Friday, June 08, 2012

Pondering Pulpits

I was part of a pretty intense conversation this week regarding pulpits. It was actually "in person" rather than online which is kind of unusual. Pulpits are such a common part of the church experience in the West that they are not given much thought at all. We assume that the most important messages in the church come from pulpits and often we see people bemoaning that this is not heard from the pulpit or that is not heard from the pulpit. A church without a pulpit is unthinkable. Needless to say, I disagree and at  minimum think we need to talk about this unique piece of furniture.

There are three schools of thought when it comes to pulpits in the church.

1) Pulpits are a sacred, reserved space for the “preaching of the Word” by those in the proper ordained position of authority. Only pastors or perhaps elders are permitted to use pulpits. When a man steps up to the pulpit, he is tasked with proclaiming the oracles of God in a unique sense and it is in a very real sense a sacred space.

2) The pulpit as practical piece of furniture. Pulpits and the platform they typically are set on, elevating the speaker above the audience, are little more than a pragmatic solution allowing the audience to better see and hear the speaker and in turn providing the speaker a place to lay out notes, a glass of water perhaps and providing a comfortable place to speak.

3) The pulpit as symbol of hierarchy. The pulpit serves as a barrier between the speaker and the rest of the church, creating a very real perception of hierarchical structure in the church and making a mockery of the notion of leaders as servants. Pulpits are a hold over from Roman Catholicism and have no place in the church. Pulpits imply a superior-inferior relationship within the church.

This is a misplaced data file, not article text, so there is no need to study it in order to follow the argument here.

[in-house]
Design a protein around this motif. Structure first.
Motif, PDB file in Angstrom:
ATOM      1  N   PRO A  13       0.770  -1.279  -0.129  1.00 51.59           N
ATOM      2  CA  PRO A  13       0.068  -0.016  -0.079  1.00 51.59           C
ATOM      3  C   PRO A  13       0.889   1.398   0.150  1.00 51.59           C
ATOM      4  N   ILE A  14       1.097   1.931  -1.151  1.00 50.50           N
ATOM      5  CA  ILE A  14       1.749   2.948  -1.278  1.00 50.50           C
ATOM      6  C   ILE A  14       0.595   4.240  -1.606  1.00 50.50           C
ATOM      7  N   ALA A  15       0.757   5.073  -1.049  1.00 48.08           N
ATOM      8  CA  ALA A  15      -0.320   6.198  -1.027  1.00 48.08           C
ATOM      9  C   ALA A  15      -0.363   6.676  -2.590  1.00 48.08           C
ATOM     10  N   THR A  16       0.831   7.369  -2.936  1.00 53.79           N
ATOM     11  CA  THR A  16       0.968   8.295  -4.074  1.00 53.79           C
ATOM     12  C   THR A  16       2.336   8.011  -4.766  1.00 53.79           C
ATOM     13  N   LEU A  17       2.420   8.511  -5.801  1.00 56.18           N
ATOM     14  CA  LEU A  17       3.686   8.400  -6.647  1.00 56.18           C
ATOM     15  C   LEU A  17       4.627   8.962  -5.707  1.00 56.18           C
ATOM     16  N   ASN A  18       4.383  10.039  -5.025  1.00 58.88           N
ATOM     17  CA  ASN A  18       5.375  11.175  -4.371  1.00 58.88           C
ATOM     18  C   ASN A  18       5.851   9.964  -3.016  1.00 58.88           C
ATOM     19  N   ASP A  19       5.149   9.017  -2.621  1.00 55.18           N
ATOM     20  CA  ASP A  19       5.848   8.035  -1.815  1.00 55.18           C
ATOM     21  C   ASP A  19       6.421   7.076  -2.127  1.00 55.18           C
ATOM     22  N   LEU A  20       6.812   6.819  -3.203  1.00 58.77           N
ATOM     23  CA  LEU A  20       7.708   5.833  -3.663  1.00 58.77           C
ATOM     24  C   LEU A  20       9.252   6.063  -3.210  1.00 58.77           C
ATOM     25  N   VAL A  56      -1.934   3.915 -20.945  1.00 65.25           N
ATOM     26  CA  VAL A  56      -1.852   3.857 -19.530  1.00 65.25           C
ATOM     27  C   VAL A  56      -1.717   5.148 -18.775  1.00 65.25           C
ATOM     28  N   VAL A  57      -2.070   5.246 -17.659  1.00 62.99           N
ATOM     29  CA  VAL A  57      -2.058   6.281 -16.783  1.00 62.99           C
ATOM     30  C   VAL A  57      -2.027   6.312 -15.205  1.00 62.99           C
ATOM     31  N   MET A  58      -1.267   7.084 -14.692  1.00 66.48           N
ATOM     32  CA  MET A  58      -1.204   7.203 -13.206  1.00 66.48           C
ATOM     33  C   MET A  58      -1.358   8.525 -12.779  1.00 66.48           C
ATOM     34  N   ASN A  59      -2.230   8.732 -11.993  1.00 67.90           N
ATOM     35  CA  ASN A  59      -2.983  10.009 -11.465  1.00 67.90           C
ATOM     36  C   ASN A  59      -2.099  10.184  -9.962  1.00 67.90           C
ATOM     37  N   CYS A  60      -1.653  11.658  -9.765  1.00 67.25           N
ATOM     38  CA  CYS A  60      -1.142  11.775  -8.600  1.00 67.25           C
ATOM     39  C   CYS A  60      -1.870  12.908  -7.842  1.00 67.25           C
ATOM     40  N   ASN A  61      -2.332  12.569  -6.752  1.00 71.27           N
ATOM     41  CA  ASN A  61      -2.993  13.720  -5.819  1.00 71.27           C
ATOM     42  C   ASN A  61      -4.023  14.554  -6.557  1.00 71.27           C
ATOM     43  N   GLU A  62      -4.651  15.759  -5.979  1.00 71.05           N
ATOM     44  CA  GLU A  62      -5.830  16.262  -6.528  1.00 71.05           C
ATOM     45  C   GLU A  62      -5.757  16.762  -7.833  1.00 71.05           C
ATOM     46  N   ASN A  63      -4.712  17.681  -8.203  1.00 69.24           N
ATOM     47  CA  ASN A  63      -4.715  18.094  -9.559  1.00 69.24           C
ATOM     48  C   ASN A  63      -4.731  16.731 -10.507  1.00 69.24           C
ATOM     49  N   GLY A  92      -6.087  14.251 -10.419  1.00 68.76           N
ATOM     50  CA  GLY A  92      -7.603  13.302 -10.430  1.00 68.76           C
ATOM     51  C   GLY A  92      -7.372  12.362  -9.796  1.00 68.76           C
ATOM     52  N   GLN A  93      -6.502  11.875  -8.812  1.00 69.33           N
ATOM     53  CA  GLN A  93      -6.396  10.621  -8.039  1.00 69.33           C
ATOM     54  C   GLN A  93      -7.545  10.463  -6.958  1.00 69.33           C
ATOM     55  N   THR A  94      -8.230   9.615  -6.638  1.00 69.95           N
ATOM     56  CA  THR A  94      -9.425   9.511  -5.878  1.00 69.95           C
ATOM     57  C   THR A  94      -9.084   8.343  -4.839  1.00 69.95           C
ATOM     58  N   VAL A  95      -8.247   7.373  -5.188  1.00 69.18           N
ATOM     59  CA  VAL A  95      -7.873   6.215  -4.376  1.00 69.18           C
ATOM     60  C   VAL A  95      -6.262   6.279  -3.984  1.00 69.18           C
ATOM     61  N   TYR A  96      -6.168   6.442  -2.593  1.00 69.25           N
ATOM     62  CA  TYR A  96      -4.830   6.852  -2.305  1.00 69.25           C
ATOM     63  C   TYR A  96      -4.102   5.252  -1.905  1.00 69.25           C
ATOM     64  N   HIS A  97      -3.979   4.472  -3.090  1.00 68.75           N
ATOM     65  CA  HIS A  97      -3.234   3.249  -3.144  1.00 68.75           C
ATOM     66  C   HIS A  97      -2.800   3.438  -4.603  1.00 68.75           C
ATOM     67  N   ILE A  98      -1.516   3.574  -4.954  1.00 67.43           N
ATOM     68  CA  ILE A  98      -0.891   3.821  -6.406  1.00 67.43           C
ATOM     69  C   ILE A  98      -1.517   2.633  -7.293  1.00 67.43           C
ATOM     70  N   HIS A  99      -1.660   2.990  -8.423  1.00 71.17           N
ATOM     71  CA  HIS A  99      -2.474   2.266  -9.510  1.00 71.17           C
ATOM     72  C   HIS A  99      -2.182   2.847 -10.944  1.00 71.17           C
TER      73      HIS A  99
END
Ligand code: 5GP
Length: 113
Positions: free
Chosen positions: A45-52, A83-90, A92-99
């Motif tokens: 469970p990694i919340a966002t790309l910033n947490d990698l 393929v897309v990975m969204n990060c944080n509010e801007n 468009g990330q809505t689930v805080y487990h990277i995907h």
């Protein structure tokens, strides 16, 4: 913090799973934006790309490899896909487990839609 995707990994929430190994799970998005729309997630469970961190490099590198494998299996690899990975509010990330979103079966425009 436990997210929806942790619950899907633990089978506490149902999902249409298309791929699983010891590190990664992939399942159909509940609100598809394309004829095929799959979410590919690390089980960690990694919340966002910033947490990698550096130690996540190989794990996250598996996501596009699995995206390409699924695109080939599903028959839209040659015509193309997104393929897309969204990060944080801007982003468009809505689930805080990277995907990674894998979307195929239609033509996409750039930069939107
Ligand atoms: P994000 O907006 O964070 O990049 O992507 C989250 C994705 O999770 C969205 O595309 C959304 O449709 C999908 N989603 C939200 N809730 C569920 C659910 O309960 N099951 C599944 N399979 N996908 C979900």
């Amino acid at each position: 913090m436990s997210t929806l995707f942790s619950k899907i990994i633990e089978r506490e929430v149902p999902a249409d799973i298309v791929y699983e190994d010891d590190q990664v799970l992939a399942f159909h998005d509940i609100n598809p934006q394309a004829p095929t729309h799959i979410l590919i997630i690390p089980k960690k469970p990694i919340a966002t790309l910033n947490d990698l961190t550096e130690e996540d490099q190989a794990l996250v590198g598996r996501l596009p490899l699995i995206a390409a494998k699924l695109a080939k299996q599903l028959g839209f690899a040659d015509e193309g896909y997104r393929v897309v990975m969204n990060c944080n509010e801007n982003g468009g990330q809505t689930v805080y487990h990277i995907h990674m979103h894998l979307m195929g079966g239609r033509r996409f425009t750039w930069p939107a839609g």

The first school of thought is to me the most dangerous and unbiblical. The notion of a physical space reserved for a particular class of men smacks of the Old Covenant priesthood which has been made obsolete and inappropriate in the New Covenant church. It is an ugly left over unreformed from the Reformation period and a remnant of the medieval Roman church and therefore has no place in a one-anothering church.

The second position might seem to make sense but only if we assume that a primary function of the gathered church is to listen to a speaker. That is perfectly within the cultural conditioning most of us have received for what it means to be “the church” but it is without command or example in the Scriptures. While most of the church just assumes that a monologue talk, generally called a sermon and described as the act of “preaching’, is the focus of the gathered church, I believe that the New Testament describes something more akin to a family gathering, a group of friends, brothers and sisters in fact, meeting to encourage and exhort one another rather than a weekly meeting to listen to a speaker. In such a meeting a pulpit becomes at best superfluous and at worst an impediment.

No surprise, I fall into the third category although I once was in the first. For me, pulpits and pews go hand in hand and neither has precedence or command from the New Testament. Not only is the Bible silent on the issue but the perception of the pulpit and pew is of one man over the rest. Look at the picture to the left. The picture is of the pulpit where John Calvin regularly delivered sermons, an ornate perch that he would ascend to before speaking, looking down on the masses below. We rarely see pulpits like this anymore but merely moving them down from the wall and onto a raised platform does little to change the connotation. Pulpits are one and the same with other distinctive trappings of clericalism like grandiose titles (“Right Reverend”), clerical garb like vestments and collars and demands of privilege and deference based on education and ordination. A cleric without a collar is still a cleric.

I am curious what readers think. I assume not many people that might read this fall into the first school of thought (but I would like to hear from you) but many likely fall into the second and third. Is this a big issue or not? Does the presence of the pulpit carry a connotation of authoritarianism and hierarchy or is it just a convenient piece of furniture that enhances the ability of the speaker to convey a message and the audience to receive it? Are pulpits necessary in the church, healthy for the church, even appropriate at all in the church?

As a fun aside, check out Spurgeon’s thoughts on pulpits, no one could turn a phrase quite like CHS!

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